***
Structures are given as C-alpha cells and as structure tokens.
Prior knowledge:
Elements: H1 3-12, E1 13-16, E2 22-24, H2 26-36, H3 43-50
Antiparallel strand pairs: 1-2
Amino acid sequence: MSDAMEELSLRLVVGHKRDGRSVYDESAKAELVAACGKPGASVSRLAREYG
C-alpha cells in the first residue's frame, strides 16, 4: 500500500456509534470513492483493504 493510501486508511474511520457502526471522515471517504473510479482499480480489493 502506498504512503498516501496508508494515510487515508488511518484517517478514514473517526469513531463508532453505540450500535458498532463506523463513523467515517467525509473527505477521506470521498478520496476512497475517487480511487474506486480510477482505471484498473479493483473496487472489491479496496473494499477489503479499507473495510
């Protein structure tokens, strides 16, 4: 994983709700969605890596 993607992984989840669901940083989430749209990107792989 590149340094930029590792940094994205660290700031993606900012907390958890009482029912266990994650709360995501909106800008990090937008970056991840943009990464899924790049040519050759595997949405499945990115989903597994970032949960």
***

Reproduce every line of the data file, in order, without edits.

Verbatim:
Structures are given as C-alpha cells and as structure tokens.
Prior knowledge:
Elements: H1 3-12, E1 13-16, E2 22-24, H2 26-36, H3 43-50
Antiparallel strand pairs: 1-2
Amino acid sequence: MSDAMEELSLRLVVGHKRDGRSVYDESAKAELVAACGKPGASVSRLAREYG
C-alpha cells in the first residue's frame, strides 16, 4: 500500500456509534470513492483493504 493510501486508511474511520457502526471522515471517504473510479482499480480489493 502506498504512503498516501496508508494515510487515508488511518484517517478514514473517526469513531463508532453505540450500535458498532463506523463513523467515517467525509473527505477521506470521498478520496476512497475517487480511487474506486480510477482505471484498473479493483473496487472489491479496496473494499477489503479499507473495510
């Protein structure tokens, strides 16, 4: 994983709700969605890596 993607992984989840669901940083989430749209990107792989 590149340094930029590792940094994205660290700031993606900012907390958890009482029912266990994650709360995501909106800008990090937008970056991840943009990464899924790049040519050759595997949405499945990115989903597994970032949960």